Ministry is amazing… We get to spend our greatest energy wading into the deepest pools of others—their triumphs and failures, joys and sorrows.
And we have the honor of pointing them toward the Lifeguard/Swim Coach who’s teaching them how to be strong swimmers!
But when we’re swimming laps around these pools, we can feel drained and exhausted. Cynicism creeps in—and maybe anger, depression, anxiety, or apathy begins to set in. It’s not enough to count on “staying plugged into Jesus” as a strategy. That’s just a nice platitude. Jesus himself got worn down and even anxious (remember him escaping the crowds to find solace and silence in the wilderness and sweating with dread in Gethsemane?)
So, you might be in danger of drowning…
1. If you start feeling like you’re paid to be a Christian, rather than a pastor.
When the ONLY reason you get up for church on the weekend if because you HAVE to be there, you’re probably going under. When you have flashes of anger or depression because human interruptions are preventing you from completing tasks, you’re in the danger zone. When you’re about to have a “Come to Jesus” moment with a service person, but hold back only because you’re wearing a church T-shirt, it’s time for some mouth-to-mouth
2. If the real issues confronting your teenagers don’t summon your empathy.
It’s true that, after a season in youth ministry, we grow accustomed to confessions that in earlier days we would have found shocking. But when a student bares his/her soul and you’re wondering if this is going to eat into your dinner time or Netflix binge, you’re drowning. And if your response to his/her need is to offer the prescribed Scriptural tetanus shot and move along, it’s a red flag.
[tweet_box design=”default” float=”none”]Ministry is amazing. But it’s also a soul-sucker when we aren’t as diligent about our own soul care as we are about others.[/tweet_box]
3. If you’re always ill-prepared and scrambling to fulfill your ministry responsibilities.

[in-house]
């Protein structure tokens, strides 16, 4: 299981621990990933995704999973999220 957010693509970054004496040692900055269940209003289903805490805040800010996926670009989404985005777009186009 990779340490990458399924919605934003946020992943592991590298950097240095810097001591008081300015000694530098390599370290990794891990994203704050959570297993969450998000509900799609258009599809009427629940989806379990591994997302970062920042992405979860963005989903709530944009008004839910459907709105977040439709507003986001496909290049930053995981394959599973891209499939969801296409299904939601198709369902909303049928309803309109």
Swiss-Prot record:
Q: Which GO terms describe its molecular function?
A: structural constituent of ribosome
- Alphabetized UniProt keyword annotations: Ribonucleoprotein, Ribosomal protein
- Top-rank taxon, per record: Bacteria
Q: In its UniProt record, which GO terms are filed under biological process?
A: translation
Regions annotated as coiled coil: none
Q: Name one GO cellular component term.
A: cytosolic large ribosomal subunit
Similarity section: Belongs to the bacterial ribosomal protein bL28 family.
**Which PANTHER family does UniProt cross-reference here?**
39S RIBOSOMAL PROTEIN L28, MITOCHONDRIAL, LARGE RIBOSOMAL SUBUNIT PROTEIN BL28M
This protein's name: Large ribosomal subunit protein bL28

All of us go through seasons when the interruptions of life and ministry make us less prepared than we normally would be. But if we’re always scrambling last-minute lessons or game ideas, you’re simply flailing in the deep end with no floaties. Whether it’s crafting the lesson, planning programming, or simply spending time praying for teenagers, there’s a joy in being prepared for our responsibilities.
4. If your “work” becomes your “identity.”
In the eyes of Jesus, our worth is not defined by the ministry we do. We’re adopted children of the King. Period. We don’t earn that, own it, or control it. We are his. So, if your ministry is struggling and that means you are struggling in your identity, you need a Swim Coach/Lifeguard. Hear me—ministry is NEVER a safe space, and that means we’re always in a battle with an unseen enemy. But when we lose sight of whose we are because of the work we do, we’ve lost sight of our anchoring priority—attachment to Jesus.
5. When prayer is our opener and closer to meetings or meals, and really non-existent otherwise, we’re sinking to the bottom.
Quite possibly, we’ve been there for a while. The source of everything in ministry is our connection with Abba/Daddy—when we aren’t talking to him or inviting him to talk to us, we’ll start sucking water into our lungs even in the shallow end of the pool.
Ministry is amazing. But it’s also a soul-sucker when we aren’t as diligent about our own soul care as we are about others—I’m writing from experience. So, here are a few life preservers…
- I have to spend regular, daily, intentional time with Jesus, even when I’m not feeling it or when “extra duties as assigned” keep me busier than I should be. Sacrificing my time with him means I’m sacrificing everything.
- I need a few people in my life, my immediate family and a few others, who have my permission to caution me about my place in the pool. I trust these people implicitly because they care about my soul and can see what I sometimes do not. When they call something out in my life, I listen even when I do not agree.
- I have to guard and grab Sabbath rest as a priority. If possible, I don’t leave vacation days on the table. I’m working on making days off uninterruptible. I continue to invest in hobbies and outside pursuits in my life that require me to think about something other than teenagers.
Even when I stay on top of soul-care, I still have seasons that make me feel like I’m coughing and sputtering and flailing and in danger of sinking. But there is One who walks on water. No matter what pool I’m in, he can find me. He can save me.